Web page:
18 January 2008

This is my belief, in brief


That grand old man of music André Previn is writing another opera, following up on the clamorous success of 1998's A Streetcar Named Desire. The commission for Houston Grand Opera is Brief Encounter, based on Noel Coward's one-act play Still Life as well as the screenplay for the eponymous film. (First Tennessee Williams, then Noel Coward ... surely a collaboration with Jean Genet is the next logical step!) Well, anyway, the premiere of Brief Encounter, most likely omitting the above imagery, is set for May of 2009. Too long a wait, you say? Well, in the meantime, sit back and enjoy an excerpt from Previn's one universally recognized masterpiece.

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17 November 2007

"Today is dedicated to Uranus"

You know that Vivaldi opera everyone's been talking about? (Yeah, La Cieca realizes that sentence looks absurd, but read on.) Anyway, here's the already infamous nude scene for tenor Zachary Stains from the opera Ercole sul Termodonte, or, as it is more generally known in this country, "Hercules versus the Dental Hygienist." (NSFW, obviously, since Mr. Stains' "original instrument" is clearly visible.)

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07 November 2007

Or was it... MURDER?

The death of Ludwig II of Bavaria has been considered a suicide for over a century, ever since the meshugeneh monarch's body was found in Lake Starnberg near Munich on June 13, 1886.

But did the kooky king really take his own life -- or was it TAKEN FROM HIM? [sfx: music sting]

An article from Spiegel Online posits "fresh doubts," based on, well, not much of anything, but the story involves a mysterious countess, so you can hardly expect La Cieca to forego repeating it.

There's this Munich banker named Detlev Utermöhle, see, who is now 60 years old. Herr Utermöhle "has made a sworn deposition in which he recalls an interesting incident from his childhood."

He was 10 years old at the time [the Spiegel's gripping account continues] and had been taken by his mother, Gertrud Utermöhle, to a tea party hosted by her friend Josephine Gräfin von Wrbna-Kaunitz, a countess who had managed the assets of a line of the royal House of Wittelsbach, King Ludwig's family.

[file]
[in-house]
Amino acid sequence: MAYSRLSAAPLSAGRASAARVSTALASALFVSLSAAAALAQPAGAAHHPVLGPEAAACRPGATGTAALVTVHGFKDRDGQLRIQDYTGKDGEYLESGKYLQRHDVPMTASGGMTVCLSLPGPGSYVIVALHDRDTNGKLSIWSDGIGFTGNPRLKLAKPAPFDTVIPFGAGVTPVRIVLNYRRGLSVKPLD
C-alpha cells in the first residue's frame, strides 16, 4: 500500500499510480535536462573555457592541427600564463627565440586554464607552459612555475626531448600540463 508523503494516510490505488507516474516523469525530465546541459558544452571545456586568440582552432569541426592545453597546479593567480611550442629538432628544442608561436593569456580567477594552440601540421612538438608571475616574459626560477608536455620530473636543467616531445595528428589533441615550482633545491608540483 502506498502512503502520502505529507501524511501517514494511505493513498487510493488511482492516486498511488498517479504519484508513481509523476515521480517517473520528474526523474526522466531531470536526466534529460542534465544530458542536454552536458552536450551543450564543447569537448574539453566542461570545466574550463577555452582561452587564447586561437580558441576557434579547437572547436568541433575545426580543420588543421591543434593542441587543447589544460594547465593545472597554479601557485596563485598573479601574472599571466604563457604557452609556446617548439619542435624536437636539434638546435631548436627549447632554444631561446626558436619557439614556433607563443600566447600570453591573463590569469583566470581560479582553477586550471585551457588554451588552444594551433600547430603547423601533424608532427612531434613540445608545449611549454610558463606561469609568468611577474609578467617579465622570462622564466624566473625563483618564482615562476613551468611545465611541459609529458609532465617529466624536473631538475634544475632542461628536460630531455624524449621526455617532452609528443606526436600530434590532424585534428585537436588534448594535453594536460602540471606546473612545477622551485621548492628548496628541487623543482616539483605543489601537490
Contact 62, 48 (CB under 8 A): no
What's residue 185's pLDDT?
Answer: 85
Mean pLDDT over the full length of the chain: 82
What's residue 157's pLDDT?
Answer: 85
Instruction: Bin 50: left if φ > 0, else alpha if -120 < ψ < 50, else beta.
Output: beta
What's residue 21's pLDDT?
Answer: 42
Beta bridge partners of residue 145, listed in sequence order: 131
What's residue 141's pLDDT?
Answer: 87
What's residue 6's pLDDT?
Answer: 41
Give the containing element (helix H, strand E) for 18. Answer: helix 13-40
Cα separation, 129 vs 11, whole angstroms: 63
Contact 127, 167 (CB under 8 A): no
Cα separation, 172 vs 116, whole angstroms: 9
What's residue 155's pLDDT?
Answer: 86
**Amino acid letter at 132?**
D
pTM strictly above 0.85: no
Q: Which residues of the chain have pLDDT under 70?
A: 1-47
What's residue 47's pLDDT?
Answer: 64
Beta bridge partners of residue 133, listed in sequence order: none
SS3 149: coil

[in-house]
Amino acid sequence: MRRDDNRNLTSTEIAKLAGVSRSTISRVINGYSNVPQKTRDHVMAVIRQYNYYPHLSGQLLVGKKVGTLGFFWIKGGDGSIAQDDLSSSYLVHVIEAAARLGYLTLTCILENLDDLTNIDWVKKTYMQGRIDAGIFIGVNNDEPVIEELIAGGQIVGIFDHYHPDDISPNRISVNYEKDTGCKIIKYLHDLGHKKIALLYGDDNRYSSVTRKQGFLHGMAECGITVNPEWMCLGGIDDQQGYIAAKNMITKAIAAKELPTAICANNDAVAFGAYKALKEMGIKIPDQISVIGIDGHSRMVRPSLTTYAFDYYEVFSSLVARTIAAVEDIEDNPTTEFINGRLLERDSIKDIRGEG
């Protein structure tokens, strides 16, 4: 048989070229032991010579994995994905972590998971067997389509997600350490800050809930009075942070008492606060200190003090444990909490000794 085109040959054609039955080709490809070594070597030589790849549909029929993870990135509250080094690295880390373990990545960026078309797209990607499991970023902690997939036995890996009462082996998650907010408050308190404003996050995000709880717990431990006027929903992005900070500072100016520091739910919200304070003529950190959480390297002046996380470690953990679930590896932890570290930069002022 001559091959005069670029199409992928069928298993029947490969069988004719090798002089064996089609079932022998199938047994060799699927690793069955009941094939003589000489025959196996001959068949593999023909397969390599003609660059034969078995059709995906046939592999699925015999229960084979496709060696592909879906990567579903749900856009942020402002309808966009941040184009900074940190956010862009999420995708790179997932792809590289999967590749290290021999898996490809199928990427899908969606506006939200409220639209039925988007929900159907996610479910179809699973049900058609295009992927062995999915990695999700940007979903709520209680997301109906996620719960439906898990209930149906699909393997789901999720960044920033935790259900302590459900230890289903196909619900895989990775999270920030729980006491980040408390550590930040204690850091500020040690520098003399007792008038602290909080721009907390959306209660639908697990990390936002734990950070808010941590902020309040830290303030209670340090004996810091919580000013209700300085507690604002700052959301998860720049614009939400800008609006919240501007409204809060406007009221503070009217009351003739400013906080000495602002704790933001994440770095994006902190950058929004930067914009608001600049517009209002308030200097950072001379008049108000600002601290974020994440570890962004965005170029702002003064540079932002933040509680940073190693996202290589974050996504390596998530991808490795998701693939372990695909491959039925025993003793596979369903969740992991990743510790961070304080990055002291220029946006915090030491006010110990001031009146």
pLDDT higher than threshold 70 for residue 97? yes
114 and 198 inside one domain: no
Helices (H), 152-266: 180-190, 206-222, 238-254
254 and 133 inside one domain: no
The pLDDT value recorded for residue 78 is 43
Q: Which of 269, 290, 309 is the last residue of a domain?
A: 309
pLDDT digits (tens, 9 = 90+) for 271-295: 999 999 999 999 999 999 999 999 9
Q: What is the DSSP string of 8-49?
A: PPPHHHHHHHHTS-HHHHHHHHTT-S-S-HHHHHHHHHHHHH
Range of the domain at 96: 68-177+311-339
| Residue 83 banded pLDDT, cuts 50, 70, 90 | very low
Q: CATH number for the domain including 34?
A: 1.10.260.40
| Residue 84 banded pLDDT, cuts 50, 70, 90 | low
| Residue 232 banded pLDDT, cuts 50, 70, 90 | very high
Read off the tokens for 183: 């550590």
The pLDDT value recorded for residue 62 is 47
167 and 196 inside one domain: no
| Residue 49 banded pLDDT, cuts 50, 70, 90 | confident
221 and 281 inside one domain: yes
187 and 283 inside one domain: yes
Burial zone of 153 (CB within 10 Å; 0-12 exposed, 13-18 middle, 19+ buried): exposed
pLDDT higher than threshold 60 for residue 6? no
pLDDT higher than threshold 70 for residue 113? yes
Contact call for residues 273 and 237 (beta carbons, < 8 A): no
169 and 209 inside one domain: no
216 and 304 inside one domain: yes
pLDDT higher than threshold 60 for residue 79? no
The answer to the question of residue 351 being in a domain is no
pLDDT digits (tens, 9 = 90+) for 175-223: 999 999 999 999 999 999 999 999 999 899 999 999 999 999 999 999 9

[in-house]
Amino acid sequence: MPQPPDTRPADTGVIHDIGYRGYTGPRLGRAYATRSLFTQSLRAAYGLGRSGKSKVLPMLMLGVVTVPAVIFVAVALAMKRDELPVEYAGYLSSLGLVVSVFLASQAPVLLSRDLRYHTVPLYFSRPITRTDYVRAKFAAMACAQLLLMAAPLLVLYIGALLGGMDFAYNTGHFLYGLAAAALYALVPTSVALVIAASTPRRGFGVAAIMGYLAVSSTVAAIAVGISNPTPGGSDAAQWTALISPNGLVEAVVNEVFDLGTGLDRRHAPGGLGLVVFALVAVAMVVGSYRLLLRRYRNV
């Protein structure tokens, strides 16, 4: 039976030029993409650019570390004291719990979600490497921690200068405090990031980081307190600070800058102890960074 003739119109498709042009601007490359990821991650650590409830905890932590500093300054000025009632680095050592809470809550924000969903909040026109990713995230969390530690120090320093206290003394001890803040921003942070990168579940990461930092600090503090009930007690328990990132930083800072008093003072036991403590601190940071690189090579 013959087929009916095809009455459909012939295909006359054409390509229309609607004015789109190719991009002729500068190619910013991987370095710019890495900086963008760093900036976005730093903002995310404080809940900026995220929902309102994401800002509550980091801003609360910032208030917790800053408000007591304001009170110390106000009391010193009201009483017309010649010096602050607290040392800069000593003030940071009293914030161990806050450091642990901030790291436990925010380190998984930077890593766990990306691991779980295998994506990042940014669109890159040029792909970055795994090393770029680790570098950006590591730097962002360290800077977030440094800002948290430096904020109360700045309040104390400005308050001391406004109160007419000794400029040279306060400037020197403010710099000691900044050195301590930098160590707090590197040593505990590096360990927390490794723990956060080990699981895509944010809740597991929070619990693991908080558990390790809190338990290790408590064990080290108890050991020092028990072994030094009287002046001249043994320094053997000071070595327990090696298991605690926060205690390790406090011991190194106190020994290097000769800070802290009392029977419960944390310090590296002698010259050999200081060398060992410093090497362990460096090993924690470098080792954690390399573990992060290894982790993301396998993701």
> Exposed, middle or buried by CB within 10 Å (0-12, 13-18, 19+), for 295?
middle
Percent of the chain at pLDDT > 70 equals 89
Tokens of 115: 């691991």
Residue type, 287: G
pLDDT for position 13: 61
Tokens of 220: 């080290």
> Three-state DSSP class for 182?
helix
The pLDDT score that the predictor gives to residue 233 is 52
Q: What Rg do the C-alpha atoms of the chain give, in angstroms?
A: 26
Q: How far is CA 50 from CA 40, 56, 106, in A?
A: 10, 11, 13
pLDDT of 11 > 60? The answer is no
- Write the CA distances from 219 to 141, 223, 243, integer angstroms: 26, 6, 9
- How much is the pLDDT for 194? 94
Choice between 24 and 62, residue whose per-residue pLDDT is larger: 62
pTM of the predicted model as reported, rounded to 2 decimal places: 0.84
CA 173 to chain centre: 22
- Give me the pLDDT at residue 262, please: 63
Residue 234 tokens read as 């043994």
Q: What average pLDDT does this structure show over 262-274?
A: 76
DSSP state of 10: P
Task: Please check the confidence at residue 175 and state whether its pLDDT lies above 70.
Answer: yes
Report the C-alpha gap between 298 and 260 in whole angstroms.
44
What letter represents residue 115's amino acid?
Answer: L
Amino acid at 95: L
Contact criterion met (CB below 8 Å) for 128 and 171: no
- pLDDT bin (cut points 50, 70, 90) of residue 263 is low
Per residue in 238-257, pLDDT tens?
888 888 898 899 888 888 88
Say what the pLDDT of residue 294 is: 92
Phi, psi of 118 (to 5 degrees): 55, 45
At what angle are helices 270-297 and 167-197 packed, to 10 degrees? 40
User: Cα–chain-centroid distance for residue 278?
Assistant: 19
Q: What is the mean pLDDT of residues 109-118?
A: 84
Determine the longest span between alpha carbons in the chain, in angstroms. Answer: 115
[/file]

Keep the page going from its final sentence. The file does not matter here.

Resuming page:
Detlev recalls that after the coffee and cakes the countess drew her guests together and said in a whispered tone: "Now, without the knowledge of the descendants of the former King Ludwig II, you can all find out the truth about the circumstances of his death. I will now show you the coat he wore on the day of his death."

The party walked to a chest and the countess took out a gray woollen coat and held it up against the light. Detlev Utermöhle says he saw the coat "with two bullet holes in the back."
So, are we about to learn the truth about the Campy König? Well, actually, probably not. Ludwig's descendants, the Wittlesbach-von-und-zu-Spoilsports, "steadfastly refuse to allow the king's corpse to be exhumed from its tomb in Munich's St. Michael's church to be examined." And it gets even worse, you see, because
unfortunately, the mysterious coat [Geheimnismantel] has disappeared as well. Countess Wrbna-Kaunitz and her husband died in 1973 in a house fire and the coat was lost in the aftermath of their deaths.

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06 November 2007

Sweet November

La Cieca's DVR hard drive will be overflowing by the end of this November since the indispensable Turner Classic Movies has scheduled a whole month of "guest programmers." Among the celebrities gracing the tube to introduce their favorite flicks will be some of particular interest to the parterre crowd. For example, this Thursday, November 8, playwright/actor Charles Busch will take a brief respite from his Die Mommie Die duties on the New York boards to present a quartet of women's pictures: I Could Go on Singing, The Hard Way, Escape and A Woman's Face.